Supporting China’s ‘left-behind’ children


  • Picture of Cecily Liu FRSA
    Cecily Liu FRSA
  • Education
  • Mental health

2020 is a significant year for China. It marks a historical milestone, as China aims to fully eliminate extreme poverty throughout the country. Accompanying China’s economic transformation is also a significant leap in education access. Cecily Liu, who has worked closely with some of China’s leading rural principals this year, highlights some of the significant challenges that remain.

There are 70 million left-behind children in China and the concept is quite specific to the Chinese context. As a result of the country’s past decades of reform, China has been experiencing the largest internal migration in human history, with hundreds of millions of migrants going from rural China to major cities to work each year. Their extended absence means that many of the children of migrant workers grow up without receiving adequate parental affection, support and supervision. These children are emotionally vulnerable and, consequently, often suffer from a lack of confidence and aspirations.

The challenge of addressing the emotional needs of these children in rural schools, is at the heart of what the Visionary Education initiative aims to deliver in relationship to school leadership training” Working since 2008, this year, Visionary Education brought together over 50 of the rural principals who have been trained over the last decade to write a book, sharing their frontline experiences and valuable insights with the aim of inspiring more rural education workers.

Helping these children to find confidence, love and realise their potential is a theme that runs throughout most of the articles. Our team has been pleasantly surprised to hear how rural principals have been able to bring inspirations and enlightenment to left-behind children through devoting their time, effort and emotional energy to individual children, and through exercising leadership to scalable up impact.  

The co-authored book, Levelling Mountain-high Gaps: Lessons from China’s Leading Rural Educators, was published in China this October and was well received. At Visionary Education we have been extremely touched by the beautiful stories.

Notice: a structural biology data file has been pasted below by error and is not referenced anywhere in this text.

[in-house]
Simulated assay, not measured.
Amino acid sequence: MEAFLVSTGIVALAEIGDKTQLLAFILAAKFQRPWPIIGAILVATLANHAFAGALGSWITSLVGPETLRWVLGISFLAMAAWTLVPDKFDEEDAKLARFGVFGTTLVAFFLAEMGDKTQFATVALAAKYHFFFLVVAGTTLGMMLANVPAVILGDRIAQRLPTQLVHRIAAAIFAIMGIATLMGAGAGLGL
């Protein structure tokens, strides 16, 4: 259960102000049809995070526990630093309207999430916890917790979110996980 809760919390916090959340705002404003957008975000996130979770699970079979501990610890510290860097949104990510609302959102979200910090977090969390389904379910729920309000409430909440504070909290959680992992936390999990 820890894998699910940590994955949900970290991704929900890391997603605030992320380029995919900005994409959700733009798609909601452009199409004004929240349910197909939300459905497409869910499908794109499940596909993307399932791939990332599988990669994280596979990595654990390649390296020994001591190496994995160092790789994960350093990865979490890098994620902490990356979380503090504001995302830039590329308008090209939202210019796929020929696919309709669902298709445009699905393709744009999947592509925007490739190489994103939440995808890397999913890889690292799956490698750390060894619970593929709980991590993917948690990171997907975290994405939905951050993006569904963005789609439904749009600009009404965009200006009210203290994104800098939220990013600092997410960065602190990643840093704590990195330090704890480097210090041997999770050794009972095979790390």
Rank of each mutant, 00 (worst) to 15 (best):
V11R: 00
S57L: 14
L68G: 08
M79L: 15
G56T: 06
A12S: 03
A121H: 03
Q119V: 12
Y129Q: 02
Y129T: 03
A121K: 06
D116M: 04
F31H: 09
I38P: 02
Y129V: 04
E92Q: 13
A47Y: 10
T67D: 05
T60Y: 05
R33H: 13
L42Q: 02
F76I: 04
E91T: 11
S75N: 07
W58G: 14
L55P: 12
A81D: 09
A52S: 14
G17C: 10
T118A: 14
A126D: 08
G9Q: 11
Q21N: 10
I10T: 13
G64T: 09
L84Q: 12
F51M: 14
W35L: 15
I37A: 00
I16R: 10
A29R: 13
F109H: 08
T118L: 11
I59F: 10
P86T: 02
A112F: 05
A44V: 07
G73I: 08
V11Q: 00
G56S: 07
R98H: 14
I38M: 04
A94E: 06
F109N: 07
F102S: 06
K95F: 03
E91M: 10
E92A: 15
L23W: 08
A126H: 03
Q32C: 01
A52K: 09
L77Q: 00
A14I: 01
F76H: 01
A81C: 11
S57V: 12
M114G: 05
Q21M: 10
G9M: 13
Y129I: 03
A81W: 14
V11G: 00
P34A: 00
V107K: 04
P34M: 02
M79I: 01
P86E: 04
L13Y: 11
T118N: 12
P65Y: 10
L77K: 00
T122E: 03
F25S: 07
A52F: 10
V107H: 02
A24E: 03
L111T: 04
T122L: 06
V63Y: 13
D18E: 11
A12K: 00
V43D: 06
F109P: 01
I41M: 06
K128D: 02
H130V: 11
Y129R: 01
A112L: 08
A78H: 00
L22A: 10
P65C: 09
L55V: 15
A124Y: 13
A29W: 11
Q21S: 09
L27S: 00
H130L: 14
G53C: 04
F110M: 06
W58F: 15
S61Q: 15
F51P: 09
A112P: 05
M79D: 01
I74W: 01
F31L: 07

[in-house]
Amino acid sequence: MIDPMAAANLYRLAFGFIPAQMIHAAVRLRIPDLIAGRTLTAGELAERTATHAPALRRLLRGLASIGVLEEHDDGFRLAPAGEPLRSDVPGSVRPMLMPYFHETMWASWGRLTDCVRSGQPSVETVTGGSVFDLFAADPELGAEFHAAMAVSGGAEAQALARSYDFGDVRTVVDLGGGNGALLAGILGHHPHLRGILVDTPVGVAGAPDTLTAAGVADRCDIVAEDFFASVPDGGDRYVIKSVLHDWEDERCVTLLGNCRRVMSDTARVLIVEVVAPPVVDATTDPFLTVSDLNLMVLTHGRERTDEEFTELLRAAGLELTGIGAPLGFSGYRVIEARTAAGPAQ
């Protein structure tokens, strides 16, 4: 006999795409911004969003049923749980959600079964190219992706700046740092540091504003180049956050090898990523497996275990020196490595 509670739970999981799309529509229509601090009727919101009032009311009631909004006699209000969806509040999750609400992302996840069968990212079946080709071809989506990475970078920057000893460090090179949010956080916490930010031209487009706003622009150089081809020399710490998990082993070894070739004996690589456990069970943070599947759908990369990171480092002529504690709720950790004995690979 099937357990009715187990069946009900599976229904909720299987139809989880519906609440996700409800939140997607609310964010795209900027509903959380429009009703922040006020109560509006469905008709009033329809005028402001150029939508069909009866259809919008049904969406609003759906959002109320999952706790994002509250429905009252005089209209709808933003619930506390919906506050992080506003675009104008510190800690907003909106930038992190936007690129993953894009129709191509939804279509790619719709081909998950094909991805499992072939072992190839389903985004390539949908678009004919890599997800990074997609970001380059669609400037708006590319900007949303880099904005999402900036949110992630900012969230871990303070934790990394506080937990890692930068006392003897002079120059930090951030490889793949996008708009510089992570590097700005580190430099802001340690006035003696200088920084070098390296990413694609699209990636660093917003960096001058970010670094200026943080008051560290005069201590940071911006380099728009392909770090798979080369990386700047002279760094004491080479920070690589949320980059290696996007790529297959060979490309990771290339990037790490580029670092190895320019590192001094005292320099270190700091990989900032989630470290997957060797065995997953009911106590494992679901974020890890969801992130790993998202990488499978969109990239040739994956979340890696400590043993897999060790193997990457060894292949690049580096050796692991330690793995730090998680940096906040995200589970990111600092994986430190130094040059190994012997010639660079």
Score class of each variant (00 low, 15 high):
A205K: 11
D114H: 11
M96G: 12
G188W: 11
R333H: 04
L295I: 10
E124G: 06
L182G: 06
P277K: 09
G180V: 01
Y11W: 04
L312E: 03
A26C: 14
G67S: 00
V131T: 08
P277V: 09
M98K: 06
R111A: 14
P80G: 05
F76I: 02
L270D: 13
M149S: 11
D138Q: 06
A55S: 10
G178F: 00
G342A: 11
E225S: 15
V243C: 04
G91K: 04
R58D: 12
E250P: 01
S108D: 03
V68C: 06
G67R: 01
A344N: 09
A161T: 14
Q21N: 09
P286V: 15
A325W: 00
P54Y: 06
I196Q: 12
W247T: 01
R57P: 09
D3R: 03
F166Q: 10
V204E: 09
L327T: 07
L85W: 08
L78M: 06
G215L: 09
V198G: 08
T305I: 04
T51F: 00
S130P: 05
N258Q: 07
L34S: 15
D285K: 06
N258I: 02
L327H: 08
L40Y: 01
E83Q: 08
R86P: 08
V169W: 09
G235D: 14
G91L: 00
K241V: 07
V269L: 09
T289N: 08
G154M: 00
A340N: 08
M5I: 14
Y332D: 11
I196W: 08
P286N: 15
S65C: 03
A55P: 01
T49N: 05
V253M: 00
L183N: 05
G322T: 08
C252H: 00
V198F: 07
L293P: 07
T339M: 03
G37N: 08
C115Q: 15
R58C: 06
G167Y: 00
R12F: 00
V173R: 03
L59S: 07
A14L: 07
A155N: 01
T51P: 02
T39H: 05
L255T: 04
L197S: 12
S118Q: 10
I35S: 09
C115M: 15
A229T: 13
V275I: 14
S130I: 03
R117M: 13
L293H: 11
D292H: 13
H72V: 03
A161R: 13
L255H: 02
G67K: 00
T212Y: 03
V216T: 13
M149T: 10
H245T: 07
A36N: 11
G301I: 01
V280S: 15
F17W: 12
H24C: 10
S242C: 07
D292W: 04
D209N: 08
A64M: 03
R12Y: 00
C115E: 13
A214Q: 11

Supporting left behind children

In Levelling Mountain-high Gaps, rural principals have identified several effective practices to address these children’s emotional needs, including campus activities, active collaboration with parents and improving boarding school environments. Many schools have invested significantly in emotional-engagement activities to help children strengthen their confidence and comprehensive wellbeing.

At some schools, teachers and students conduct regular ‘heart-to-heart’ conversations, which are critical opportunities for the children to open up and seek help from their teachers. Some schools also have secret-message letter boxes for students to communicate their concerns anonymously and receive individual replies from teachers.

Conscious of children’s needs for parental guidance and affection, some schools are championing school-parent collaboration by inviting parents to participate in campus activities (when the migrant-worker parents are in the area). Such collaborative campus activities include dedicated parent-children lunches in school canteens, which are taken as opportunities for staff to share best practices with parents for emotionally engaging with children.

Parents are also invited to visit the dorms and classrooms to further understand their children’s lifestyles on campus, so that they may create a similar living environment for their children during term breaks. For example, they may encourage children to actively participate in household chores and develop better lifestyle habits. These collaborative opportunities are found to be effective in strengthening the emotional bonds between parents and children.

Encouragingly, schools’ collective efforts to help migrant workers form closer emotional bonds with their children has coincided with a trend in recent years for migrant workers to choose jobs closer to home. They are increasingly understanding the importance of spending time with their children. Fast economic growth in their home provinces has also made the choice of working closer to home easier for them.

Rural boarding school teachers play a significant role in giving children emotional affection, ensuring that they are properly loved and cared for. Rural schools are increasingly gathering best practice and sharing these experiences more widely.

This type of strong emotional bond developed on campus is well noted by Yin Daifeng, a principal in Hunan province: “Our teachers look after every dimension of our children’s lifestyle. They even help younger children to shower, do laundry and other daily tasks. Whenever a child has a birthday, the whole class will sing the birthday song and share cakes. This means a lot, especially to left-behind children whose parents are far away, as these children can easily feel lonely.”

These insights from China’s leading rural principals can provide inspiration to other international educators. Achieving equal access to educational opportunities is a beautiful dream shared by educators globally, and rural educators in China are taking concrete steps to make progress towards this shared vision.   

Cecily Liu is managing director of Visionary Education, a charity seeking to improve the quality of rural education in China.

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